'The Story Quilt Edited & Compiled' book review: A patchwork of tales

This collection of eight children’s stories includes translations from Assamese, Gujarati, Kannada, Kashmiri, Konkani, Maithili, Punjabi and Sindhi.

Published: 27th June 2021 05:00 AM  |   Last Updated: 26th June 2021 05:38 PM   |  A+A-


For representational purposes

This collection of eight children’s stories includes translations from Assamese, Gujarati, Kannada, Kashmiri, Konkani, Maithili, Punjabi and Sindhi. Harshikaa Udasi writes that the idea took root when she realised that her mother tongue, Sindhi, was fading into oblivion. This led her to an interesting quest—sourcing stories written by authors in different Indian languages. Delightful illustrations by Dr Sherline Pimenta K accompany each tale—distinctive in terms of drawing, colour scheme and composition.

‘Ragho’s Story’ in Maithili is about an eight-year-old village boy who feels alienated and suffocated by the discipline in his hostel. Written by Dr Ushakiran Khan, the story is “a graduation from isolation to assimilation of the rural and the urban”, elaborates Savita, its translator. ‘Oink! Oink!!’, a Konkani story by Meena Kakodkar, is about five-year-old Sharv who brings home a piglet even though the elders in his house are horrified. They decide to ‘purify’ the house by sprinkling it with cow dung.

‘Ghost Kid’s Netscapade’ is an Assamese story about a ghost child who explores the world of computers, video games and social media—only to discover that spirits do not need machines, as they already have special powers. Translator Rupalim Patgiri believes that young readers will identify with the story’s curious and demanding protagonist. In similar vein is ‘A Flight of Fancy’, a Sindhi story that portrays the conflict between needs and wants. Issardas’ special scooter has feelings and emotions. In its desire for freedom, it takes off on its own one day, only to realise that it is meant for a life of bondage with its master. Its celebrated author, Dr Hundraj Balwani, has written more than 100 books in Sindhi, Hindi and Gujarati.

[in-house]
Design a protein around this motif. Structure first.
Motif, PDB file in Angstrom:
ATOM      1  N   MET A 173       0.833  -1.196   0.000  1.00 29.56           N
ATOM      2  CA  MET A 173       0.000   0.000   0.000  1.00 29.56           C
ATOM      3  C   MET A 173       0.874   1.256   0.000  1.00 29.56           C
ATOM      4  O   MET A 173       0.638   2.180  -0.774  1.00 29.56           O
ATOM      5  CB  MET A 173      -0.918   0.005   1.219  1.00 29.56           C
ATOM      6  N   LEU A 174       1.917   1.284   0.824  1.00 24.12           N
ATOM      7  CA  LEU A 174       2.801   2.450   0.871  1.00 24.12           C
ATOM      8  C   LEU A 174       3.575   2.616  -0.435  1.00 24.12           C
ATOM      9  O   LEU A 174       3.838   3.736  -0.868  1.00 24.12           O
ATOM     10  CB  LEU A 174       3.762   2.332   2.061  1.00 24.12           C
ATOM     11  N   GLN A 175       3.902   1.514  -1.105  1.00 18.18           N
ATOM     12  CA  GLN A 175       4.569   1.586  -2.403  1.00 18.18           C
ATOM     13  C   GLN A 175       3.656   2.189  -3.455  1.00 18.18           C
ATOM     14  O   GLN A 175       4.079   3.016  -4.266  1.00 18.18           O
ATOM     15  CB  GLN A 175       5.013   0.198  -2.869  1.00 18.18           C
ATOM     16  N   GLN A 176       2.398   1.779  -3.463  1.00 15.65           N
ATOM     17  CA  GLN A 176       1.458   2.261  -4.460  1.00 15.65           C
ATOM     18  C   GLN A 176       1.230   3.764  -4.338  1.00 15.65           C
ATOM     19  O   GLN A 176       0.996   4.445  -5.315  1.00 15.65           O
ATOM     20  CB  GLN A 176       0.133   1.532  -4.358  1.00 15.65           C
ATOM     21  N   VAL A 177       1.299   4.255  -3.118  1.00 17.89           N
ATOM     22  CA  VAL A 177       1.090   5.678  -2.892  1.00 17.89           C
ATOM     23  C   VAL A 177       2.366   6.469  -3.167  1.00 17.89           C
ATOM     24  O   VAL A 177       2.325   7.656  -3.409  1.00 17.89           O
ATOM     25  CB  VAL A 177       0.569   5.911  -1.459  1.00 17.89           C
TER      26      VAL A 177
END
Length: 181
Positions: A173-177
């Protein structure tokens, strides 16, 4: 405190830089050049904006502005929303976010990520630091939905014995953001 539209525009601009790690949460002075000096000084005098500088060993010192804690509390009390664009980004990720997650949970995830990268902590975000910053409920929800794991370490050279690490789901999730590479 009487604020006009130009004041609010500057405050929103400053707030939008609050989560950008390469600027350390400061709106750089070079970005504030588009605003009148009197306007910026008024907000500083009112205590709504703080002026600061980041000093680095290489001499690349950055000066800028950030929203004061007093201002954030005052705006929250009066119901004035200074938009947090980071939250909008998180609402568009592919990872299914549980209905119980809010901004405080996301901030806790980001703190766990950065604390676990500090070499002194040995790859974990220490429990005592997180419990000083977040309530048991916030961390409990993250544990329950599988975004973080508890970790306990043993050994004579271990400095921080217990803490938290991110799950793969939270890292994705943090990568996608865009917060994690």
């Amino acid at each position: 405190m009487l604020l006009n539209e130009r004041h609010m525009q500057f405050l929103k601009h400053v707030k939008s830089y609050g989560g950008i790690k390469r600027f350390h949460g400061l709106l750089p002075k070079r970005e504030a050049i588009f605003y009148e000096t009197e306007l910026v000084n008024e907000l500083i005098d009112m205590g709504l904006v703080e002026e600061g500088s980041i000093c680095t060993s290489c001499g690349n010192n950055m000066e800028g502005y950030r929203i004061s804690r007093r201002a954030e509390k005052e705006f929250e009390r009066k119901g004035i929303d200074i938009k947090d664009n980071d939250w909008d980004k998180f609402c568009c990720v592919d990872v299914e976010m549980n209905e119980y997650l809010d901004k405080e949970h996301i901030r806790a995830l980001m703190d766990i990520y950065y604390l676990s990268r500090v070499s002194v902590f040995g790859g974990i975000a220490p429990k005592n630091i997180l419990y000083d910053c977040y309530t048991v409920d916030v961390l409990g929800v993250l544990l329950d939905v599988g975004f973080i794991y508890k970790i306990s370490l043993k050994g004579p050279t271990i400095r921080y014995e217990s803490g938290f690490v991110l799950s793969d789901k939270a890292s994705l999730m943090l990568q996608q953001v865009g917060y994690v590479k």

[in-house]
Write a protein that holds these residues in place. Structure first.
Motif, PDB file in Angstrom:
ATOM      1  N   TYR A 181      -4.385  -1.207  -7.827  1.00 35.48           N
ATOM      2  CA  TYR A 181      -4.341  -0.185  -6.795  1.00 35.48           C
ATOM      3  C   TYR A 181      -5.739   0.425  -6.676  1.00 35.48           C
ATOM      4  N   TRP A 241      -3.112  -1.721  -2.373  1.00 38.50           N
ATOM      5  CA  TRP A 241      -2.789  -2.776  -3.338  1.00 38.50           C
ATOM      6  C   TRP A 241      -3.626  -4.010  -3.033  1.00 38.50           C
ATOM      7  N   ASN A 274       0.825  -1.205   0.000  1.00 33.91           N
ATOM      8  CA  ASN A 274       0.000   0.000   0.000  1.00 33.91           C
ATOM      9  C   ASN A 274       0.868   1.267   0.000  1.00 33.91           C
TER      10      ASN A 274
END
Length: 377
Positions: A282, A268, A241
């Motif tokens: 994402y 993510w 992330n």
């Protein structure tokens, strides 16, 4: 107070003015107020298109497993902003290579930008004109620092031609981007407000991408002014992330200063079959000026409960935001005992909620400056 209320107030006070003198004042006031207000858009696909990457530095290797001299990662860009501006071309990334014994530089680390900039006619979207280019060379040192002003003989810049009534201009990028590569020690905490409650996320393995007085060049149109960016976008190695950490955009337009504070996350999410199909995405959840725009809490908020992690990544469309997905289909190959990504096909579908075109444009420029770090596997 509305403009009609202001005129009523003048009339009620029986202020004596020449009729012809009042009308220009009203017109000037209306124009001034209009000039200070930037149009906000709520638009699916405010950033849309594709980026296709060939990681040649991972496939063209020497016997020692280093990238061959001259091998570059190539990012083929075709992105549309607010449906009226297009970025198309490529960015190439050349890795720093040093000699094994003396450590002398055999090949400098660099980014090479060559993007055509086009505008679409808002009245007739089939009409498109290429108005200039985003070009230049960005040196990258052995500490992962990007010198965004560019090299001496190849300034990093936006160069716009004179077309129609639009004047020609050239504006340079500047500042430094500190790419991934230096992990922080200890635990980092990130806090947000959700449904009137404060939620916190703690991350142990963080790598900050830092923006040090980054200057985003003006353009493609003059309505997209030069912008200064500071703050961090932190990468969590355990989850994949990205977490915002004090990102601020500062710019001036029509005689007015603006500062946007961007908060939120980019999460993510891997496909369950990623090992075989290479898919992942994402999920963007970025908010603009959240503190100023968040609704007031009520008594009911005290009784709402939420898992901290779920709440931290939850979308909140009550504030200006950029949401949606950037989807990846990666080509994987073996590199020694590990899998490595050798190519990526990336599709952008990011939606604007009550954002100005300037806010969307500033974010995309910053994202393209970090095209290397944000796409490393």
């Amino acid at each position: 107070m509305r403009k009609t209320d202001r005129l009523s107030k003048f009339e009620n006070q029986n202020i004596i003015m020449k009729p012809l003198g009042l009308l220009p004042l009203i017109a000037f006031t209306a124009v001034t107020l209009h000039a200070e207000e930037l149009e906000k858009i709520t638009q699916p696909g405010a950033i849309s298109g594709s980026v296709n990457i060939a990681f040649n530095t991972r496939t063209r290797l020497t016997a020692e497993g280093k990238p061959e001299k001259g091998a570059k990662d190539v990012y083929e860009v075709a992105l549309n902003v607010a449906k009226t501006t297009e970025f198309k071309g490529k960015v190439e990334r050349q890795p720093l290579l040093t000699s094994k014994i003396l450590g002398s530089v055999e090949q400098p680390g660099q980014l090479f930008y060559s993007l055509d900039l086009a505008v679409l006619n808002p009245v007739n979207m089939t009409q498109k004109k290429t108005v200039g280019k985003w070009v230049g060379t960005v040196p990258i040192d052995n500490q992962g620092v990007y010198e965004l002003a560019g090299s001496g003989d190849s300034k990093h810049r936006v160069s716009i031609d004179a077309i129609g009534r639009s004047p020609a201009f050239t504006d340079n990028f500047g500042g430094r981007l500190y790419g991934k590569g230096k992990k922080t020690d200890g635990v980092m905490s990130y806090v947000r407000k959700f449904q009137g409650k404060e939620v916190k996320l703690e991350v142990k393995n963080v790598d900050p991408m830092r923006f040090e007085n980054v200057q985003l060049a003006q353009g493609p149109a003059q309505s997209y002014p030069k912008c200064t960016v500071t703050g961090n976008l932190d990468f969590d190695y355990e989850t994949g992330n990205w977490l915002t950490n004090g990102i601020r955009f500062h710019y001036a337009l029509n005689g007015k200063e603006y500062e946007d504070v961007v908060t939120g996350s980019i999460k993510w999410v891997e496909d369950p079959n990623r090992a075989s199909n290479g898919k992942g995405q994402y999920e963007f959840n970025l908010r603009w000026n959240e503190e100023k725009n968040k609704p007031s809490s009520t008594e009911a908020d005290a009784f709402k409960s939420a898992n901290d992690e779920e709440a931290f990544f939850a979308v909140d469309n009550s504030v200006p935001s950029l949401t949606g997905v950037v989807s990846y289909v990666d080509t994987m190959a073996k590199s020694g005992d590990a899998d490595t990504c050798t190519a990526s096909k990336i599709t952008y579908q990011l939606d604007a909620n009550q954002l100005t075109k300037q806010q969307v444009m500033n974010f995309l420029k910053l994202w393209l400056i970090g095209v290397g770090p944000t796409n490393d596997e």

A Kannada story by KP Poornachandra Tejasvi, ‘Maara’s Mission’, is about an old watchman. His methods of dealing with problems, however, are effective, and beneath a foolish exterior, he possesses extraordinary intelligence. Likewise is ‘Miya Fuski vs the Trickster’, a Gujarati story originally written in the 1940s by Jivram Joshi, a pioneering author of Gujarati children’s literature. When the Thakur of Rajpur asks him to deliver some money, the iconic Miya Fuski uses his wit and presence of mind to outsmart a trickster. Translator Vaishali Shroff is an award-winning children’s author and columnist.

‘Humi’s Cricket Team’ is a simple yet poignant Kashmiri story about a girl who loves to play cricket. Humi dreams of going to the moon and using its large empty stretches of land as a pitch for her cricket team. The story’s author, Ghulam Nabi Aatash, has written and translated more than 40 books in Urdu and Kashmiri. The Punjabi story with a big heart, ‘The R Word’, has Neema, a young boy, bullied by boys in school for being a Tibetan refugee. Neema’s grandfather then explains to him the true meaning of ‘refugee’—respect, responsibility and return. 

In all, the book is an eclectic mix of stories spanning across India’s varied regions. The plurality and uniqueness of its narrative are showcased by way of diverse themes, moods and messages.

India Matters


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